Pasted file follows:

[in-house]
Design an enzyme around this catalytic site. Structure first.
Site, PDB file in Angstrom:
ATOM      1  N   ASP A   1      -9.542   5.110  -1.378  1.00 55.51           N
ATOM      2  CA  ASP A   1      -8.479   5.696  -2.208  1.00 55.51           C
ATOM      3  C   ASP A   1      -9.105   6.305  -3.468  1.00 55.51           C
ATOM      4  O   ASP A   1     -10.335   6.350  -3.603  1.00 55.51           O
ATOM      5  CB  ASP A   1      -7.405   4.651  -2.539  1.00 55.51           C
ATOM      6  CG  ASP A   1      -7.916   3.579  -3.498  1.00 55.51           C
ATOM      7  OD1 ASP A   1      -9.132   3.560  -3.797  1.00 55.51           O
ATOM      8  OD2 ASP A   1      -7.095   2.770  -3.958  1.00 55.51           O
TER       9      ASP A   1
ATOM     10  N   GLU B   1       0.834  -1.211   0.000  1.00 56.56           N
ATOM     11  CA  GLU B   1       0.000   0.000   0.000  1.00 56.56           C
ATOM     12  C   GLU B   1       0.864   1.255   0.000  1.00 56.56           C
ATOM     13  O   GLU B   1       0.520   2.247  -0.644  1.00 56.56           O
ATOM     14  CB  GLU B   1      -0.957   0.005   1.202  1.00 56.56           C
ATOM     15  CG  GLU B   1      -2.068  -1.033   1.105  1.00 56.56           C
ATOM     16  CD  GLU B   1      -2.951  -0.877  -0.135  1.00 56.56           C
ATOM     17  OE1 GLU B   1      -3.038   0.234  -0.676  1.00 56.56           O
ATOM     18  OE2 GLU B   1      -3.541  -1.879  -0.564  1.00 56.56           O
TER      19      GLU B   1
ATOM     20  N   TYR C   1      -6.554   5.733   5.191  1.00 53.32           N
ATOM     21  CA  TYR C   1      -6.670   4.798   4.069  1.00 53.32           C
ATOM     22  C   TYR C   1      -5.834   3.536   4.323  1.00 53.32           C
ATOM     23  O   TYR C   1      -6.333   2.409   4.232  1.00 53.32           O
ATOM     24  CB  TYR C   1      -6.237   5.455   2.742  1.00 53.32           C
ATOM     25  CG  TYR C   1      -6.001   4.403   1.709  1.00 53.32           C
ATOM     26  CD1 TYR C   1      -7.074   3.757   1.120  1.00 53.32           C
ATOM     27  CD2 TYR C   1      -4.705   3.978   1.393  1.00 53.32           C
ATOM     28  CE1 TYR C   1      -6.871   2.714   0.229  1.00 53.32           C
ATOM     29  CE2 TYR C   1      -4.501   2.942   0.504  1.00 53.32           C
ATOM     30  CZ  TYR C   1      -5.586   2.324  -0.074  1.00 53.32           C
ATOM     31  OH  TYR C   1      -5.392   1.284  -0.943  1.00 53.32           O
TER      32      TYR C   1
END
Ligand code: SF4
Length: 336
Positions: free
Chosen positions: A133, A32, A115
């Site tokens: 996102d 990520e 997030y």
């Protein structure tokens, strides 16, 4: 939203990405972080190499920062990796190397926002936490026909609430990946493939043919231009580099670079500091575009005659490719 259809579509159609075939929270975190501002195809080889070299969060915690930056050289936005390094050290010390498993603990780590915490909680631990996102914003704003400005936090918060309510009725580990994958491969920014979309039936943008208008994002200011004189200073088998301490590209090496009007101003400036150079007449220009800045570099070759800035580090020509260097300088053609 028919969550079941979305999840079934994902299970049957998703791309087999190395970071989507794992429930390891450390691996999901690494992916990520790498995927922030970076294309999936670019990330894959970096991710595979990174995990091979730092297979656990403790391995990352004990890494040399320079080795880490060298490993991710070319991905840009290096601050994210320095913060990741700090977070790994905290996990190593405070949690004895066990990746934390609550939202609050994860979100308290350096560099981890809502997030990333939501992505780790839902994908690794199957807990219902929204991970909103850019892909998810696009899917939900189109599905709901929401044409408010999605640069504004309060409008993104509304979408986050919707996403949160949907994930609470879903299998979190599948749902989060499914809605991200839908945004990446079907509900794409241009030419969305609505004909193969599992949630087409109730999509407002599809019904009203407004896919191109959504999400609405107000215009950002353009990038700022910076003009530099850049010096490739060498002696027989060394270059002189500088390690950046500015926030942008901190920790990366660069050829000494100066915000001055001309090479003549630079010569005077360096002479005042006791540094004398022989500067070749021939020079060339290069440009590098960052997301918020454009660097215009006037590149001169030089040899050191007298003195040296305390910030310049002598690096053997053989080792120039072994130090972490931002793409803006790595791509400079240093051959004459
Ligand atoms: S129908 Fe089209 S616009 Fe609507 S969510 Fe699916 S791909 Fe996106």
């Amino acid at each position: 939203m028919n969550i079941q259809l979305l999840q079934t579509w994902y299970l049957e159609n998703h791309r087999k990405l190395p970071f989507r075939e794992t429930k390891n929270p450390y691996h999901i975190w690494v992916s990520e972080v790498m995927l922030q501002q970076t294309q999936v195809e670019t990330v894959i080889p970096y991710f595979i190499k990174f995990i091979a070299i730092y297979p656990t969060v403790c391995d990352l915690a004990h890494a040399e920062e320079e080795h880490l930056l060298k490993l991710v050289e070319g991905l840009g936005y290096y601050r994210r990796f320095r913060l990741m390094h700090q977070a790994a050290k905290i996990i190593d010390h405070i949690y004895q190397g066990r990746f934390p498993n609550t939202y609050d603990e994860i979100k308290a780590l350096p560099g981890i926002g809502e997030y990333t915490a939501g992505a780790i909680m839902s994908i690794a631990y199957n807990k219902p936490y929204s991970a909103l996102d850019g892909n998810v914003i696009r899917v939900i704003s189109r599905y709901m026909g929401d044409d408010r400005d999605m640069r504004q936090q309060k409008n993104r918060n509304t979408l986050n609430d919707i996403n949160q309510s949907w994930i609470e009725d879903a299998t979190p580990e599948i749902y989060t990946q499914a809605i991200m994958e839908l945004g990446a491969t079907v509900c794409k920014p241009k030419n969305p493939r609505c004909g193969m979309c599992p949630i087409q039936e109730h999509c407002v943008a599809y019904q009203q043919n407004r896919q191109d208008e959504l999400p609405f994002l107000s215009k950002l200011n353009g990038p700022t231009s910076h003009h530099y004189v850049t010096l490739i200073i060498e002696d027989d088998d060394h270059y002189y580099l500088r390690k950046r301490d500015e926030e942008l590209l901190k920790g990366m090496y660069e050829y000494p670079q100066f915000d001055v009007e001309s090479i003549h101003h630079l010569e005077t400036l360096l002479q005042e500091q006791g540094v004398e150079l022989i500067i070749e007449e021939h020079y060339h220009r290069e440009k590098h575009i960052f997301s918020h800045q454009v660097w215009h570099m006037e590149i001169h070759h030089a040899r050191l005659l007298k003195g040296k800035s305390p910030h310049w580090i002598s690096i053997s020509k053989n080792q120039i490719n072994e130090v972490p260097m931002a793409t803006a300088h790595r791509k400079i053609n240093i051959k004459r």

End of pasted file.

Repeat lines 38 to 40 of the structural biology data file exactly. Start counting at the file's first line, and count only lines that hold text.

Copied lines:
Length: 336
Positions: free
Chosen positions: A133, A32, A115